I'm glad that Edwards thinks Bora's question is important, and I hope the answer was brief because it was something he hadn't thought about before, and not because he thinks he said all that needed to be said. I hope he'll keep thinking about how to ensure the integrity and accuracy of the scientific advice he receives, and of the scientific statements he makes to the nation as a candidate, and hopefully as President. (N.B.: TfK has not endorsed any candidate yet, but Edwards is on the shortlist.)

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"That last point would be less relevant if the Edwards campaign had been more willing to stand up for staff members who came under attack for personal opinions on subjects outside the scope of their campaign responsibilities."

I presume that Mr. Rosenau is referring here to Ms. Amanda Marcotte. The fact is that Ms. Marcottes' irresponsible statements relative to the Duke lacrosse alleged rape case should have disqualified her from ever being hired by the Edwards campaign. Mr. Edwards, as a trial attorney in North Carolina, should have realized that her comments on the 3 Duke lacrosse players who were wrongly accused of rape were inflammatory as well as irresponsible. She compounded her indiscretion by repeating the allegations even after it became clear to everybody except Wendy Murphy that they were a crock and that the now disgraced prosecutor was a shyster.

The Bush Administration and the Republican Religious Right who think they represent the majority of American may think they have good reason to advocate a continued moratorium on embryonic stem cell research, but soon, the perceived societal benefits of such research will far outweigh the perceived moral objection by the mindless Republican Conservative Religious Right.
A cure for Cancer, Diabetes, MS, ACL, MD or Alzheimer is all it will take for this issue to finally reach the tipping point. What will a member of the Bush Administration or the Republican Religious Right; facing a choice between futures lives of Alzheimer or MS do when a new cure based on an embryonic stem cell becomes available. Most of President Bush's "dead-head" policies will become increasingly hard to sustain.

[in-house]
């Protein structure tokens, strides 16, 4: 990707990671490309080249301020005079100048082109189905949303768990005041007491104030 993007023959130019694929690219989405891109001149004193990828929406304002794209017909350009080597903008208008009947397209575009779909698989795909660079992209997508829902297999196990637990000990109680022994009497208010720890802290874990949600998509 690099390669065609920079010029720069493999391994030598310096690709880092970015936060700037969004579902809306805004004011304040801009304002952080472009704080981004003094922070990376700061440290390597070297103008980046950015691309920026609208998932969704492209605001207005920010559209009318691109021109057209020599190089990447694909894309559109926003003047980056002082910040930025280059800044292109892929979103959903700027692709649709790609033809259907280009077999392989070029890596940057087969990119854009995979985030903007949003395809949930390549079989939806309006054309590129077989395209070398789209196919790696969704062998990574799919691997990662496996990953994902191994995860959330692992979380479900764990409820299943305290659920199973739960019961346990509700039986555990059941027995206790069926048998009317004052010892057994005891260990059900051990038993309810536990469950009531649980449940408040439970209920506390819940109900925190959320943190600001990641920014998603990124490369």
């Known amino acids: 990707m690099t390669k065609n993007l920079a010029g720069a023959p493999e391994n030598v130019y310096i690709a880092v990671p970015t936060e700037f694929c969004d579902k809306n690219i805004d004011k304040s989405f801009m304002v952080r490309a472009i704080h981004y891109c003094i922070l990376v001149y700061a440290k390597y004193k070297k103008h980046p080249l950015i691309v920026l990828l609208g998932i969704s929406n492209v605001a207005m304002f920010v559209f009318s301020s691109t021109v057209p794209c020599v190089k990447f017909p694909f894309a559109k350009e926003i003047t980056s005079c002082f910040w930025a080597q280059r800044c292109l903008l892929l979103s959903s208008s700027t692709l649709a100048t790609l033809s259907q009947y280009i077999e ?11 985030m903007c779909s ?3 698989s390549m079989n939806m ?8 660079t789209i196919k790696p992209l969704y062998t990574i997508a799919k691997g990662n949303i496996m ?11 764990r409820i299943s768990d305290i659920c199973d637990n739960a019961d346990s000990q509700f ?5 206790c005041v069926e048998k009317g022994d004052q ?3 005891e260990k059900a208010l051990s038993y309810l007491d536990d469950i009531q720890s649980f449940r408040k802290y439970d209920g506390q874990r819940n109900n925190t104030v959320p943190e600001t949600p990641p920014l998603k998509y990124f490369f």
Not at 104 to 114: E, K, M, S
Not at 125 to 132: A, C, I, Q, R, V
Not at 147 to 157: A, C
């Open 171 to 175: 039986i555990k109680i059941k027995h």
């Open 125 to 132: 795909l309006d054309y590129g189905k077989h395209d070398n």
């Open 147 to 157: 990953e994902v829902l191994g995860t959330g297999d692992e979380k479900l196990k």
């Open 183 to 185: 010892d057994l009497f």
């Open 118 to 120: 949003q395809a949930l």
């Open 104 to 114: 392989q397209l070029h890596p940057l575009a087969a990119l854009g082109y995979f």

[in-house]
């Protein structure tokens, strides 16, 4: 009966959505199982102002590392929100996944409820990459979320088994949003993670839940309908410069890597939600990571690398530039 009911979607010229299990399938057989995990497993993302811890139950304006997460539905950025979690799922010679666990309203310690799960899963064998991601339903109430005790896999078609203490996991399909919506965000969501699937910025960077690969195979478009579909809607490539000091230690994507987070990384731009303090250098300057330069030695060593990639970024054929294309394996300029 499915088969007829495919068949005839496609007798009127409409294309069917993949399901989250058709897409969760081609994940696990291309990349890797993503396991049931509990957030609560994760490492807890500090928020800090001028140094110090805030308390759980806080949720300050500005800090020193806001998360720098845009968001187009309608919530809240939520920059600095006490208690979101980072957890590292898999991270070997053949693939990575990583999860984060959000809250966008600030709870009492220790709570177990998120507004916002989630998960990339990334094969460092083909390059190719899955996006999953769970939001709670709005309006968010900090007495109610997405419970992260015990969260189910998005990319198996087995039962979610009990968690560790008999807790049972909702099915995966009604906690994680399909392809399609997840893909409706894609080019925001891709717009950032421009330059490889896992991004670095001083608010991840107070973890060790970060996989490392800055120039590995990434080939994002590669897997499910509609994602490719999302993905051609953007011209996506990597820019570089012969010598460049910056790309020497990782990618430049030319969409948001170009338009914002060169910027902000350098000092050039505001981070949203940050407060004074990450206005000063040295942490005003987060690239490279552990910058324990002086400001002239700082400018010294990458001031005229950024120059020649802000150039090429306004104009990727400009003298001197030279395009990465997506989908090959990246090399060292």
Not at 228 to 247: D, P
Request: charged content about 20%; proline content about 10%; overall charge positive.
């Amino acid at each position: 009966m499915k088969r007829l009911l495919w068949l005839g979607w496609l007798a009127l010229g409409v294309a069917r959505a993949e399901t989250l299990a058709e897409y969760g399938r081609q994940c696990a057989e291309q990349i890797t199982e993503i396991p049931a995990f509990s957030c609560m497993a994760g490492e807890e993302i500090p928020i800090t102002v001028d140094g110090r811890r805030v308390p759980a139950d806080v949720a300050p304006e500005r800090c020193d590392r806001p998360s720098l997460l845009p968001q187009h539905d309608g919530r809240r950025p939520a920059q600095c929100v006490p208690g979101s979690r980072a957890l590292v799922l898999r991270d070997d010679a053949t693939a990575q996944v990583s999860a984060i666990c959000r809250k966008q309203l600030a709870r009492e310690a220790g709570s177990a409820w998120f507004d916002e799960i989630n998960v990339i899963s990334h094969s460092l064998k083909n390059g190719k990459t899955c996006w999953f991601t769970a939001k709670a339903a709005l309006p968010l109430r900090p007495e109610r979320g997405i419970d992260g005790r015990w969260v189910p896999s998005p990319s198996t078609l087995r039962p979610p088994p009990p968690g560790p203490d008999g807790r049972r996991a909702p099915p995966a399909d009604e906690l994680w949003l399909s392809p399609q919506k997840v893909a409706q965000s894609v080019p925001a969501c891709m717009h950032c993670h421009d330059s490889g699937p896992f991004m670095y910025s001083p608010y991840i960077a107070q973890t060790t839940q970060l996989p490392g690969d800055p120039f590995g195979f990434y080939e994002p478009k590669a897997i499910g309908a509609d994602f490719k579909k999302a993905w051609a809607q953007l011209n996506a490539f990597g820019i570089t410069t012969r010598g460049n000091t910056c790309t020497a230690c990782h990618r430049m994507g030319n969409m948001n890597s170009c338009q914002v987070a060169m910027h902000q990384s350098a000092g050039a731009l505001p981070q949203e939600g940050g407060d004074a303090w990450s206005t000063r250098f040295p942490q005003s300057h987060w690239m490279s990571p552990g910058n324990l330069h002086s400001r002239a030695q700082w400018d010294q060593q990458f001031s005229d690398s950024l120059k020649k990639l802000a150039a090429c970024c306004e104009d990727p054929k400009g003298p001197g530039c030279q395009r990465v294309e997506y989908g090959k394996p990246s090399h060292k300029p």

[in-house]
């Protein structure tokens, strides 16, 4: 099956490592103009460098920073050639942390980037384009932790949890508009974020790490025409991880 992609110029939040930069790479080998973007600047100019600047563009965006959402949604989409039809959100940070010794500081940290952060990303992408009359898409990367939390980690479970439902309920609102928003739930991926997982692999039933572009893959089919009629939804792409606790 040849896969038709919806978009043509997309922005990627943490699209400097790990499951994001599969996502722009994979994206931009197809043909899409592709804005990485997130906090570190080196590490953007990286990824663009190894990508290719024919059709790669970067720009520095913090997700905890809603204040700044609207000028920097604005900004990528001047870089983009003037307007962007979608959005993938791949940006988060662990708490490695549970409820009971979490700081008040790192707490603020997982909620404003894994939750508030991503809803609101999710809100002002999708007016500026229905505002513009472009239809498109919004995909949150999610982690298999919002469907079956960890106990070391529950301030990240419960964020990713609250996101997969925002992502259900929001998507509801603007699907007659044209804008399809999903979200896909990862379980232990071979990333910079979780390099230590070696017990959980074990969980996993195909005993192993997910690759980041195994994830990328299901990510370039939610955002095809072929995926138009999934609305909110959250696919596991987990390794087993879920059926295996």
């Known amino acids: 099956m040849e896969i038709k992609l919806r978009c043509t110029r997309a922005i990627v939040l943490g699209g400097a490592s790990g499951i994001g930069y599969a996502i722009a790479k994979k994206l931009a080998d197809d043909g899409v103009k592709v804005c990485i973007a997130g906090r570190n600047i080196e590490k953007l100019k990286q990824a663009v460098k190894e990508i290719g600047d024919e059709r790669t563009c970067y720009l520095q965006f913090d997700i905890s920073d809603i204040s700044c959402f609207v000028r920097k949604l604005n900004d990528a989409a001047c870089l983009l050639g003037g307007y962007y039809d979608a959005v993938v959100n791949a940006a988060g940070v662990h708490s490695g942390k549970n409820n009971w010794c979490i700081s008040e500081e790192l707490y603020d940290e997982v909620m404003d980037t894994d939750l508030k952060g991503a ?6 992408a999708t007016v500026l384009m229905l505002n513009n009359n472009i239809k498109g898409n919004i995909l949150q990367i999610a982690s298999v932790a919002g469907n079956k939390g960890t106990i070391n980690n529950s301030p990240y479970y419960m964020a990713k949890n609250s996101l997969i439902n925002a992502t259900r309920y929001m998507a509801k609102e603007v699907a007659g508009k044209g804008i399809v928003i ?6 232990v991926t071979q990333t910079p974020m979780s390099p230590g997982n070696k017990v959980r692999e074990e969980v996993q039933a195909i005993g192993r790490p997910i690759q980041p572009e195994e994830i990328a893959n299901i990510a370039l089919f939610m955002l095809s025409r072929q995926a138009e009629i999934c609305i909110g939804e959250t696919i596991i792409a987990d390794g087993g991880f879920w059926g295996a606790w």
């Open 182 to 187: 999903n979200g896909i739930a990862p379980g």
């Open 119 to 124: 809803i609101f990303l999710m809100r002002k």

Here's a suggestion for the Bush Administration and the Republican Conservative Religious Right to rallying support for his stand against embryonic stem cell research. With the Fox News Network cameras rolling at the White house. The Bush Administration and the Republican Conservative Religious Right and their like-minded political friends (and their families) should gather at the White House to re-affirm their beliefs that medical treatment derived from embryonic stem cell research by signing a Presidential Proclamation stating that they all will never under any circumstances, accept any form of medical treatment for themselves or their children derived from embryonic stem cell research. Example has always been the most effective component of leadership; however two-facedness will most likely win the day.

By james louloudes (not verified) on 09 Jul 2007 #permalink

Why should that have disqualified her? Is it in any sense germane to her campaign responsibilities?

It would be one thing if a policy advisor or legal counsel to the campaign had taken a position on a legal controversy. That might be interpreted in a way that would speak to Senator Edwards's judgment on those matters. But Marcotte was not a legal counsel or a policy advisor. She was responsible for running the campaign blog as an outlet for the Senator's views, not her own. If that blog became an outlet for her personal opinions about religion, sports or even politics, that would have been a problem. It didn't.

Should we also insist that campaigns ban anyone who weighed in on OJ's guilt or innocence before the jury handed in their verdict?

On what other topics should people's opinions be screened before they can work in non-policy roles on a political campaign?

Re Amanda Marcotte

Mr. Edwards is a member of the bar in North Carolina and an officer of the court therein. By hiring someone whose comments about an ongoing criminal case in North Carolina were completely irresponsible, he showed a serious lack of judgment. This is particularly true because Ms. Marcotte continued to make erroneous accusations long after it was clear that the charges against the 3 Duke lacrosse players had no basis in fact.

The situation relative to the Duke so called rape case bears no relationship to the Simpson case in California. There was no case against the 3 lacrosse players, as the attorney general of North Carolina made clear while there was certainly a legitimate case against Mr. Simpson, regardless of whether he was in fact guilty or innocent of the crime (for the information of Mr. Rosenau, it is my considered opinion that Mr. Simpson almost certainly killed his ex-wife but I am far from convinced that he also killed Ron Goldman).

I have made it clear on several blogs that I find the comments of people like Nancy Grace, Gloria Allred, Stacy Honowitz, Wendy Murphy et al on cable talk shows declaring defendants guilty, sometimes before they've even been arrested, to be obscene. I think these clowns should be disbarred from the practice of law and yes, I would strongly criticize a presidential candidate who hired any of them.

Senator Edwards is indeed a member of the bar, and if he had prejudged a case, he would deserve your disapprobation. But you aren't talking about anything he said about a case. You are holding him responsible for the comments of a non-lawyer who he later hired in a non-legal, non-policy position.